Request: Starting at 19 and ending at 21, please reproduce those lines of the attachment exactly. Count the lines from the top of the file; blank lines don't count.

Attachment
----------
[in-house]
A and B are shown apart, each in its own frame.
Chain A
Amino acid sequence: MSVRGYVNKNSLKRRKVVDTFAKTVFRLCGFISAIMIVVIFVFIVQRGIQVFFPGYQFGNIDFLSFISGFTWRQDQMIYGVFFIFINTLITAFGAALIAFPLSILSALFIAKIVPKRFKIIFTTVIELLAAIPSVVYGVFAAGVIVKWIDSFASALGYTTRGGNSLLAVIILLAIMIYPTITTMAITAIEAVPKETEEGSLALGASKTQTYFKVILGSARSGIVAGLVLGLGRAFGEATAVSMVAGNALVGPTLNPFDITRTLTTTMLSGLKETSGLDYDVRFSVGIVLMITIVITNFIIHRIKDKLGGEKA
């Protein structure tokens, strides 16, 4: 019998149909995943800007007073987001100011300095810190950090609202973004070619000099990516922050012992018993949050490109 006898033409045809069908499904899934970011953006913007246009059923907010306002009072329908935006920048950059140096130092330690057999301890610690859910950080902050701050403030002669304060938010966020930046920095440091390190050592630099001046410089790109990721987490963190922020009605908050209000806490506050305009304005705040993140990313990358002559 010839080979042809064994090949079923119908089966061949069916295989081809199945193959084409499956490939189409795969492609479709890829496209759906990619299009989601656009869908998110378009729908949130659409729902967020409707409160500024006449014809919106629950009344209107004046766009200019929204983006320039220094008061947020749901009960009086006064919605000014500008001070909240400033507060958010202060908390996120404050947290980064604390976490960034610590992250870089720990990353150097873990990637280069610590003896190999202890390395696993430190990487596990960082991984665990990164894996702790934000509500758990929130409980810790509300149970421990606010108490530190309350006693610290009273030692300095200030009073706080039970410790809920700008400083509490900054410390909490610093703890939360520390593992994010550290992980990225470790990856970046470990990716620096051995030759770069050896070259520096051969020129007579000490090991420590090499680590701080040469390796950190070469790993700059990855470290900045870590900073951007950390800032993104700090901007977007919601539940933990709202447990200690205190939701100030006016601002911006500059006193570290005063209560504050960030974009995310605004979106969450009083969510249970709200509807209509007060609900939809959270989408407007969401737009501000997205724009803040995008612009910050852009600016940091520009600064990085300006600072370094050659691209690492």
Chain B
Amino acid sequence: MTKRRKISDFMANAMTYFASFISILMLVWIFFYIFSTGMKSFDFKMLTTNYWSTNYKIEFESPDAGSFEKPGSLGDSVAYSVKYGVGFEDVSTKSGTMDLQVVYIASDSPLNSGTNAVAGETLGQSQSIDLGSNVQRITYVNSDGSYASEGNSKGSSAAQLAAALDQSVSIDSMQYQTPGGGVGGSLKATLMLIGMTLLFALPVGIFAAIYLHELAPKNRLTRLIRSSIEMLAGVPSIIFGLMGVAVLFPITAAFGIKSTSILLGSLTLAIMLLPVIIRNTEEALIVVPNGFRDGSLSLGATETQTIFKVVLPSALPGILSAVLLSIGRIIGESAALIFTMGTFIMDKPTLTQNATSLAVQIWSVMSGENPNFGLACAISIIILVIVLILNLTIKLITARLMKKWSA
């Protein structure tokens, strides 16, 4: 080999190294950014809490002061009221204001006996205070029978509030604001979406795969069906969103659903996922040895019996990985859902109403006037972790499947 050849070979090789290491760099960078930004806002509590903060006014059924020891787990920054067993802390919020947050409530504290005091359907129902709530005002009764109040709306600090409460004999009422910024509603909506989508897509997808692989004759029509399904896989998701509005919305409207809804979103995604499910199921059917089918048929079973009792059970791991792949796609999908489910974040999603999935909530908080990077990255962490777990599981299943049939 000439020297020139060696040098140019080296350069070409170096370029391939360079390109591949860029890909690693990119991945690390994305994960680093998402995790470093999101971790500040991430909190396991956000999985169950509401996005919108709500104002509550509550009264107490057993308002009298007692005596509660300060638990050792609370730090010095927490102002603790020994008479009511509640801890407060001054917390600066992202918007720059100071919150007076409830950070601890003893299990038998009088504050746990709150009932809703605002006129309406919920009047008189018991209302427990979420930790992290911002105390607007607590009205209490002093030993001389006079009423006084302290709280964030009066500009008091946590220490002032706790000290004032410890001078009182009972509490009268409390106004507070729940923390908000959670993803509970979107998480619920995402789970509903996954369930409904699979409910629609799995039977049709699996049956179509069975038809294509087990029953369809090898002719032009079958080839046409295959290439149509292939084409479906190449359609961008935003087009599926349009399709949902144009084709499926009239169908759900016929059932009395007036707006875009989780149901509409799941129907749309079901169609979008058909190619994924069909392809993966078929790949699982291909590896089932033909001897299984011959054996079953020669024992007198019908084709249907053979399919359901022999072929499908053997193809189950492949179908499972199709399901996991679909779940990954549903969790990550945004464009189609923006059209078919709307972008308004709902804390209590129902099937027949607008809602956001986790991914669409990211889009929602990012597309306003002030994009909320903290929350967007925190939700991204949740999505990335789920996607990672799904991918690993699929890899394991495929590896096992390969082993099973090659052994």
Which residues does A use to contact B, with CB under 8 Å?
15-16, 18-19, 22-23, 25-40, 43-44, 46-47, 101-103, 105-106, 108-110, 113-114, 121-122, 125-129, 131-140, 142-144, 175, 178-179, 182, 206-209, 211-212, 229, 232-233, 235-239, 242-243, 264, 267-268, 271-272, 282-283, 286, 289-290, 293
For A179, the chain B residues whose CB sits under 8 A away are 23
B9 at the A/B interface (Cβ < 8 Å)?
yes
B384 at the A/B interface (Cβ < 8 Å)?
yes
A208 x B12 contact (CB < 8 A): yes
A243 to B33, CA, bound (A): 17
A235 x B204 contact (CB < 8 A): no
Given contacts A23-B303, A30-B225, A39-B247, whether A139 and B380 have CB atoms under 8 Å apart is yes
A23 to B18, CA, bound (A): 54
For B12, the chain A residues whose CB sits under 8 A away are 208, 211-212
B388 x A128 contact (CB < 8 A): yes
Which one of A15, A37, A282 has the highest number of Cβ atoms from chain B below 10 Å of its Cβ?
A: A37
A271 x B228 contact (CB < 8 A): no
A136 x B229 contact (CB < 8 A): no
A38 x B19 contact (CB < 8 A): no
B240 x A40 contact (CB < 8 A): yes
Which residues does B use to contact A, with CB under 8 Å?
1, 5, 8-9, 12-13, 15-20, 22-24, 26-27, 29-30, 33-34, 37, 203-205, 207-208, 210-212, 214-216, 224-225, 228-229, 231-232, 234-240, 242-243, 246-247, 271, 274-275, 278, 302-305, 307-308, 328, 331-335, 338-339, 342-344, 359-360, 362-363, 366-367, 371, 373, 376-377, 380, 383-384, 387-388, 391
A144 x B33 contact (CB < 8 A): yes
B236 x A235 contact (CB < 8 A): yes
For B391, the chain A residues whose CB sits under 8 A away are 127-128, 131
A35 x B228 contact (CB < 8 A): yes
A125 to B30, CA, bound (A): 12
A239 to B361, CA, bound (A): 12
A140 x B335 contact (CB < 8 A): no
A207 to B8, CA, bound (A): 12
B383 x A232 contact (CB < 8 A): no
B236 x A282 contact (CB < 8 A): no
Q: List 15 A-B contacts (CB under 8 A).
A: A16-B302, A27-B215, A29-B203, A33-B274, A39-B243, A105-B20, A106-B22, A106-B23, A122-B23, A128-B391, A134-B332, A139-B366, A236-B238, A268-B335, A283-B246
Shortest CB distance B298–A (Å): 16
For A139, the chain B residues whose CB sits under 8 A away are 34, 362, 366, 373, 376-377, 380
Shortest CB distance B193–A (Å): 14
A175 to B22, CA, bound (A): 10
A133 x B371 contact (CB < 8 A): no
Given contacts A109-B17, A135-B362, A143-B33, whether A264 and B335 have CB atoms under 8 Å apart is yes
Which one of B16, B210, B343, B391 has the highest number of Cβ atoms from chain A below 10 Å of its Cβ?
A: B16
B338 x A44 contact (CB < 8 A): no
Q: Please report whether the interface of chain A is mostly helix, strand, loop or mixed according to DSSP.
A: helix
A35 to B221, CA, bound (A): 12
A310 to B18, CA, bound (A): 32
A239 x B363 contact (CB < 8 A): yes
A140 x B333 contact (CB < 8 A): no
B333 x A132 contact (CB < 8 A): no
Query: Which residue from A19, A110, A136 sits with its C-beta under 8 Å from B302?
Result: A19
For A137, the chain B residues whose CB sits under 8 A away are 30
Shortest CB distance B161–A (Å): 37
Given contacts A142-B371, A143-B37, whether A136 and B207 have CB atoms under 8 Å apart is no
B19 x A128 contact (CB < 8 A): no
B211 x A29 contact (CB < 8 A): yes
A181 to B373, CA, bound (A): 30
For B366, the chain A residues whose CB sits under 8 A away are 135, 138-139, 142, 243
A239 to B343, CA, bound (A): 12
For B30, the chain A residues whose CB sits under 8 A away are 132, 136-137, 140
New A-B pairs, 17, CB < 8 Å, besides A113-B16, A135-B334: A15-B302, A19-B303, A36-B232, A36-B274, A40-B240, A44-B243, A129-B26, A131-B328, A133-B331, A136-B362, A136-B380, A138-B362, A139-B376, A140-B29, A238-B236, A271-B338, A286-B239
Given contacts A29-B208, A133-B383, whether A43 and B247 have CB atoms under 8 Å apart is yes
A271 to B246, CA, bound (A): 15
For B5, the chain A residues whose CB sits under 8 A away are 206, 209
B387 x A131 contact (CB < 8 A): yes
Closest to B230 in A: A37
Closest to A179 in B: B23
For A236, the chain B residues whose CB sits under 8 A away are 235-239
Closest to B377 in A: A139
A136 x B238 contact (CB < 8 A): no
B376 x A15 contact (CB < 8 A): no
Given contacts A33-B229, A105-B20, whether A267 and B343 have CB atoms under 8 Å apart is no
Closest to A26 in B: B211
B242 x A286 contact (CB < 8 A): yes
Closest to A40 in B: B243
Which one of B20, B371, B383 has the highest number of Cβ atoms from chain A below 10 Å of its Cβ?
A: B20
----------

Given contacts A23-B303, A30-B225, A39-B247, whether A139 and B380 have CB atoms under 8 Å apart is yes
A23 to B18, CA, bound (A): 54
For B12, the chain A residues whose CB sits under 8 A away are 208, 211-212